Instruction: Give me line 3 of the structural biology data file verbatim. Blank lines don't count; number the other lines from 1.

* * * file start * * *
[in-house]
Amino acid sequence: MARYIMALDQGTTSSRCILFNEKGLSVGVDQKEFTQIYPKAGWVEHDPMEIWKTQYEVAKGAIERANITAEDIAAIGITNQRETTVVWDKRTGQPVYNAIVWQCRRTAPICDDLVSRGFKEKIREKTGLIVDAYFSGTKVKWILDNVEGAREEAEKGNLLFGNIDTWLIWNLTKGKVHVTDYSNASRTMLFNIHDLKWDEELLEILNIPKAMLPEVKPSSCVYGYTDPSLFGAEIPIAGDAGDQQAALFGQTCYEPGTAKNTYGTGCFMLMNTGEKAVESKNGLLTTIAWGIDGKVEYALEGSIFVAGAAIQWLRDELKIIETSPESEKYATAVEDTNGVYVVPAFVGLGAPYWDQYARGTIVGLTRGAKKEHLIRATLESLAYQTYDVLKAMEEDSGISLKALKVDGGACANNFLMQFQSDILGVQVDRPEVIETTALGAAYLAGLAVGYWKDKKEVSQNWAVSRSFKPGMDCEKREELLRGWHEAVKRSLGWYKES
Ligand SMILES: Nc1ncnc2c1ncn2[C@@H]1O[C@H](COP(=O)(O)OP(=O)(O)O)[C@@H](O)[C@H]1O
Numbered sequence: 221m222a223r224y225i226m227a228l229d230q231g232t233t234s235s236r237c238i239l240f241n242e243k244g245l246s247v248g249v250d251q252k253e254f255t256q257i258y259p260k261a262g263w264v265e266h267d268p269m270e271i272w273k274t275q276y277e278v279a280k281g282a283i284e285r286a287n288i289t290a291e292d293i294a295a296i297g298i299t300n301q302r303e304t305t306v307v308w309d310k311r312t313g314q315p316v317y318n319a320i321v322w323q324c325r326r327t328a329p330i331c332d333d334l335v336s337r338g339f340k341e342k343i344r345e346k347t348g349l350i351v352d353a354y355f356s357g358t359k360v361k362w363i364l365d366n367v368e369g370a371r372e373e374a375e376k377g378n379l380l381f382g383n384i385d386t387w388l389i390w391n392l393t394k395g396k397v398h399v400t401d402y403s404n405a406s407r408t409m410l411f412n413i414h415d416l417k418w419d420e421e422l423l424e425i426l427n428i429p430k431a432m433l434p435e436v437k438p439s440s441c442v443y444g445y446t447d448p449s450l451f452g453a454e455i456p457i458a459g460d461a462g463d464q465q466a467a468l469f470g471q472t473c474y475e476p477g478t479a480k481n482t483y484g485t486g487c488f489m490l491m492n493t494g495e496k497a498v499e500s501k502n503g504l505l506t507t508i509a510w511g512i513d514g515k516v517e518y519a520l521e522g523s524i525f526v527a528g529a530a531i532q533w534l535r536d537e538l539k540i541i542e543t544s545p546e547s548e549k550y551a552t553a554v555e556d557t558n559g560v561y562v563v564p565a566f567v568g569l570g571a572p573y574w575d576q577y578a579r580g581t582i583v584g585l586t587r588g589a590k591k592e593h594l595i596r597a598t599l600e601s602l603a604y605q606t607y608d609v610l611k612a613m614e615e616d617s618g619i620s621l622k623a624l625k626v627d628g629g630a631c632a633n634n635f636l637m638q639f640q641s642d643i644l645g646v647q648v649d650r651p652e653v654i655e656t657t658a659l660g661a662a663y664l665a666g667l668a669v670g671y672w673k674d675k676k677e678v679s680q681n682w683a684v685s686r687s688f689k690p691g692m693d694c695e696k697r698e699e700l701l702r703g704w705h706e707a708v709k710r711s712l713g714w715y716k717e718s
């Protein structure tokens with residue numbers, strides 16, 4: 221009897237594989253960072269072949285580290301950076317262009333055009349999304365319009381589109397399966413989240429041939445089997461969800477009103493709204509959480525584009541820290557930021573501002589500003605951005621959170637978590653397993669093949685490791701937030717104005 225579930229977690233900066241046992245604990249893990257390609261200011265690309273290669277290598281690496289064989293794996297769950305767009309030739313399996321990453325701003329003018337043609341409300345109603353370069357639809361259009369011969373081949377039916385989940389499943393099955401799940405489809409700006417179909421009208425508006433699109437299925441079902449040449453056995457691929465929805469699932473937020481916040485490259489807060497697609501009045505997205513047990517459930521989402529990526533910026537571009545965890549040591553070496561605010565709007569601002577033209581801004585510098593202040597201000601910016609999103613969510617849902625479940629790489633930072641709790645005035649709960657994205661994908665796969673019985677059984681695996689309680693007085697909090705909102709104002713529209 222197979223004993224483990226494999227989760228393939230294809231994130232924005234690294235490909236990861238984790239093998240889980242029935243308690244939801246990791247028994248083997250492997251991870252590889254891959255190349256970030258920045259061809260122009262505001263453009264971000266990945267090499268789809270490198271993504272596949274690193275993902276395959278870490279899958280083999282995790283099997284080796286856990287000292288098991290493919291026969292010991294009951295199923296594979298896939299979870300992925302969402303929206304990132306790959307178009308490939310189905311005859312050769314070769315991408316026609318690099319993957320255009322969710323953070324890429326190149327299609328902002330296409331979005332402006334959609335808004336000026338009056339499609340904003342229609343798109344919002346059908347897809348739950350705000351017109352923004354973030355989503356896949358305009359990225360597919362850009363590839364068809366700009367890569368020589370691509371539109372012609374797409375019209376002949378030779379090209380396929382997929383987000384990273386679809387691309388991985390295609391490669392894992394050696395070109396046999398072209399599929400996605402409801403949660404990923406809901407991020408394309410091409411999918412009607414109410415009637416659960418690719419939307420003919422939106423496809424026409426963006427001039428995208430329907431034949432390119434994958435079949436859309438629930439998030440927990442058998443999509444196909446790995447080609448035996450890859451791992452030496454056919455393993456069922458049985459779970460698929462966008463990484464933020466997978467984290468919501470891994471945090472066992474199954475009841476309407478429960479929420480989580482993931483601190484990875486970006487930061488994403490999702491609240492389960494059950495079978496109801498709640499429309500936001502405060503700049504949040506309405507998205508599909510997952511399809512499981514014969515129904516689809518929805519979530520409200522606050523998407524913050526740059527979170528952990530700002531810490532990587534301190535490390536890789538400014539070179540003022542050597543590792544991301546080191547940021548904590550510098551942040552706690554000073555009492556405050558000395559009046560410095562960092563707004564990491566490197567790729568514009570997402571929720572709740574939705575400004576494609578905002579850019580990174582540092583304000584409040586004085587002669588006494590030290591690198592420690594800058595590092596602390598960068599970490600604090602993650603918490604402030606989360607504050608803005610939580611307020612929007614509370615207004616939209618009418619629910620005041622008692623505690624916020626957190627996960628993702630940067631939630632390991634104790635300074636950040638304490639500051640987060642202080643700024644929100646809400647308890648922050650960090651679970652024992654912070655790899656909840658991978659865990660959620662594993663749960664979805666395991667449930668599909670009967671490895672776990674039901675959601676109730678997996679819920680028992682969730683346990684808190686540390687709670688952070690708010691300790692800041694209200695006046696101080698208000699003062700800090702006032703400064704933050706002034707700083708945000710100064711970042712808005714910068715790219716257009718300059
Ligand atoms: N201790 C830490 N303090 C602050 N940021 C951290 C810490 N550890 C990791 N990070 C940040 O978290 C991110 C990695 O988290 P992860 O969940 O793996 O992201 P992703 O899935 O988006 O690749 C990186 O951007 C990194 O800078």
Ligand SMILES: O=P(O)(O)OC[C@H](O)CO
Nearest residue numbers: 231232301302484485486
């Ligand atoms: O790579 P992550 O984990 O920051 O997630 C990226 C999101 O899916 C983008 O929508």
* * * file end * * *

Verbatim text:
Ligand SMILES: Nc1ncnc2c1ncn2[C@@H]1O[C@H](COP(=O)(O)OP(=O)(O)O)[C@@H](O)[C@H]1O